The book describes the difference between boardroom dynamics and board dynamics. Boardroom dynamics refers to the interactions board members individually and collectively in the boardroom. Board dynamics includes this definition but also considers how boardroom dynamics influence and are influenced by the wider stakeholders.

The book addresses some of the key dynamics of independent challenge and board conflict. The avoidance of ‘group-think’ and failure to consider all options and potential consequences is a paramount issue for the board and board members. The book tackles how to challenge well in the boardroom and gives some valuable suggestions on how to challenge constructively and ensure a range of views and perspectives are at the heart of decision-making processes.

The section on meeting design on boardroom dynamics is particularly revealing. The book gives examples ranging from an American billionaire hedge fund founder to a 5th century BC Chinese general. The book gives guidance and advice covering such mundane topics as time of day, use of breaks and meeting duration. However, these factors can have a genuine impact of the quality of outcome. The criticism “meetings for meetings sake” is often heard but surely it is the attendees who have the opportunity to ‘call out’ these failings and this book gives ammunition to help improve meeting design and is relevant to both board meetings and other management meetings.

Some of the most helpful sections in the book are in Part three, effecting change in the boardroom. Perhaps the most important challenge to a board is continuous improvement and board evolution. Today’s effective board can become ineffective if the board isn’t seeking to keep up with changes in the business, the market and the business environment. New entrants can disrupt the status quo and a board must be nimble and yet this can be difficult to achieve.

Achieving change in the boardroom starts with leadership and leadership influence. Those supporting the board or sitting alongside it require the ability to be strategic leaders as much as those sitting around the boardroom table. They influence the strategic direction of the board.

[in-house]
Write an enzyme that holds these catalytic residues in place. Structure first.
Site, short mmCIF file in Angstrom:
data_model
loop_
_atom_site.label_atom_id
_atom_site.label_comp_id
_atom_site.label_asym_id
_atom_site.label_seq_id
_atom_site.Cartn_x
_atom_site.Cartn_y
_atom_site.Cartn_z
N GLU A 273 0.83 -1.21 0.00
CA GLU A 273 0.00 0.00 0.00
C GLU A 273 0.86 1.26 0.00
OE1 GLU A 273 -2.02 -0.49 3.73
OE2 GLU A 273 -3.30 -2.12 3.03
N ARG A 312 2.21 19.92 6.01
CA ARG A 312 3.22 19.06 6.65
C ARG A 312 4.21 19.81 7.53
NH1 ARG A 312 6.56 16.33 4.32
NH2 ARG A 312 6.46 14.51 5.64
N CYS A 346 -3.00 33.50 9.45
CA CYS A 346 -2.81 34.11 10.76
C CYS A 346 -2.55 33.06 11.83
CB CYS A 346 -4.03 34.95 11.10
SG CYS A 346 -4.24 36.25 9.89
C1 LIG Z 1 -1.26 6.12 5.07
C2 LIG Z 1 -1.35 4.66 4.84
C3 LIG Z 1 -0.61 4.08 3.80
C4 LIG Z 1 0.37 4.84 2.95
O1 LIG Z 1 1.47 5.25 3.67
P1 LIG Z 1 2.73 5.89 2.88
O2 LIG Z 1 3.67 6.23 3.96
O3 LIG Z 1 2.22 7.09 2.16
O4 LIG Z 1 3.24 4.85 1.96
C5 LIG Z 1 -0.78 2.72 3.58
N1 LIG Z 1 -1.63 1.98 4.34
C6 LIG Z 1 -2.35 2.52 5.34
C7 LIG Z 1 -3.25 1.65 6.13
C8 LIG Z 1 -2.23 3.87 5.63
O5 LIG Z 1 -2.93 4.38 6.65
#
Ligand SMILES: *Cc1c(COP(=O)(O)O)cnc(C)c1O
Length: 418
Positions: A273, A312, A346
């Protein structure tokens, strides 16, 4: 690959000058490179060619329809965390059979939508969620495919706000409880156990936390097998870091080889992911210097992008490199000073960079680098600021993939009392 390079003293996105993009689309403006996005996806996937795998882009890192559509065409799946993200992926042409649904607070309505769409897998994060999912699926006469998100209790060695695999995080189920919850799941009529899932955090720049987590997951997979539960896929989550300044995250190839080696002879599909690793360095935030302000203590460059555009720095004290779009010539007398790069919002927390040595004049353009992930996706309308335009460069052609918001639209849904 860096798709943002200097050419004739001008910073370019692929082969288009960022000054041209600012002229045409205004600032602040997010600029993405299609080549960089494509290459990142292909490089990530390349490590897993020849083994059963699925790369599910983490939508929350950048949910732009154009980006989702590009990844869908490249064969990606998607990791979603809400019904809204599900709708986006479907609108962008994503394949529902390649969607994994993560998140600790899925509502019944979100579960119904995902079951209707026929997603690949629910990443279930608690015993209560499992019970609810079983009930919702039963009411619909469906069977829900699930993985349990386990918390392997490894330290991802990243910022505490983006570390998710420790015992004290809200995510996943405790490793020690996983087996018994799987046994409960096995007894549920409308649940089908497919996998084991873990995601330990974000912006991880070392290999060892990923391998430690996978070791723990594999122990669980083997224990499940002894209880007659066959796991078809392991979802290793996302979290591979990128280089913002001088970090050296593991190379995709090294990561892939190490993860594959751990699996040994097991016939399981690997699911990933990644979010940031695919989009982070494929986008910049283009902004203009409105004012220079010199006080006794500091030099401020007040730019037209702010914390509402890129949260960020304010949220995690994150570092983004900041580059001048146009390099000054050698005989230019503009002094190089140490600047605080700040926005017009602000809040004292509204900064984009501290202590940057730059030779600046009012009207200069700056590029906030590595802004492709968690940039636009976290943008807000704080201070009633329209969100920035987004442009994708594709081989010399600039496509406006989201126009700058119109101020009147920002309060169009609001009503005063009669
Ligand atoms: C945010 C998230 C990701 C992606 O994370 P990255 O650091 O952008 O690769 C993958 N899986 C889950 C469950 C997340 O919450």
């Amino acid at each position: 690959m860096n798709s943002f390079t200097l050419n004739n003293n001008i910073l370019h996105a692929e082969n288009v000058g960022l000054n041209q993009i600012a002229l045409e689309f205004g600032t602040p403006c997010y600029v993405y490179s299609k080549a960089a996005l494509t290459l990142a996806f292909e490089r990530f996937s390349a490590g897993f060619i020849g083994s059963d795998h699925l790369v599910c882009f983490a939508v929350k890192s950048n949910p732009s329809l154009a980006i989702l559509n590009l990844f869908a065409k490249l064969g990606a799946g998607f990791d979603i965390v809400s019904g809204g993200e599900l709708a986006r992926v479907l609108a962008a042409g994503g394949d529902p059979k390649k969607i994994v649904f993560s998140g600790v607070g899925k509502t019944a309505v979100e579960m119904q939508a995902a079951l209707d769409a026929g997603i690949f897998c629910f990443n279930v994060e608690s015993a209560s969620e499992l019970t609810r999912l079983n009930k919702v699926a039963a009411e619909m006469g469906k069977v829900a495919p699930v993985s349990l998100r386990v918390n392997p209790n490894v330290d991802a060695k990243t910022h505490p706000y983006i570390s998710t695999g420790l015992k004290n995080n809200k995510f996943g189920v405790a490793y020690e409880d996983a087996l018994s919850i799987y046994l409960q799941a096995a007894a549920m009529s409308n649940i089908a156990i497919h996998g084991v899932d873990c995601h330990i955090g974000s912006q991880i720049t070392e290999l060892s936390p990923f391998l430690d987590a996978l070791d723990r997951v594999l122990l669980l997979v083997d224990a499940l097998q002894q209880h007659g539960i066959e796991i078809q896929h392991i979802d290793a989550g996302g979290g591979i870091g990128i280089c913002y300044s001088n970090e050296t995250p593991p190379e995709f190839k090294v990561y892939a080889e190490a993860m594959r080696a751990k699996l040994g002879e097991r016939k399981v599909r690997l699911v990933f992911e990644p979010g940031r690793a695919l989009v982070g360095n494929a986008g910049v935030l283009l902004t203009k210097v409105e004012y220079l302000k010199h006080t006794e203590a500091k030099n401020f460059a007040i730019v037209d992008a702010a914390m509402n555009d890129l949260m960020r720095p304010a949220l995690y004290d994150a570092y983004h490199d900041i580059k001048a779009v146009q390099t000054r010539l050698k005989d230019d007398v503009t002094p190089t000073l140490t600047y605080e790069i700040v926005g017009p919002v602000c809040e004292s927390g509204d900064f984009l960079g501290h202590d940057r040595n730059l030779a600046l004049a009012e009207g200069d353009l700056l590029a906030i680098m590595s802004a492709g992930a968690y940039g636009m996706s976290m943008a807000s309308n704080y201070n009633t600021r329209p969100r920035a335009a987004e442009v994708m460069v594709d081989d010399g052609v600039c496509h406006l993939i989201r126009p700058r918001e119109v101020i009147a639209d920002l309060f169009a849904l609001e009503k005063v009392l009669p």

Talent management is an ongoing responsibility for a board. Having the right mix of knowledge, experience, perspective and influence is critical to an effective board and leading to good governance. It is no longer sufficient to replace like-for-like each board replacement or addition but it is an opportunity to improve the diversity of thought to a constantly evolving board.

I enjoyed this book and found it a real refresher for things forgotten and a great introduction to new concepts and practices to develop an efficient and effective board.

Next week Sue Lawrence contributes to our Saturday Essay looking at the increasing importance of boardroom dynamics
Ian Garner
Ian Garner
Ian Garner is Vice-Chair of the Institute of Directors in North Yorkshire. He is a Director at Practical Solutions Management, a strategic consultancy practice and a Patron at ExportExchange, part of Leeds City Region Enterprise Partnership.

Ian has over 10 years’ experience in strategy and business development with international healthcare organisation Bupa across Australia, Europe, North America, West Africa and South East Asia. He spent 20 years in retail management with travel company Thomas Cook and five years in sales and relationship management roles with Travelex, the leading international foreign exchange business.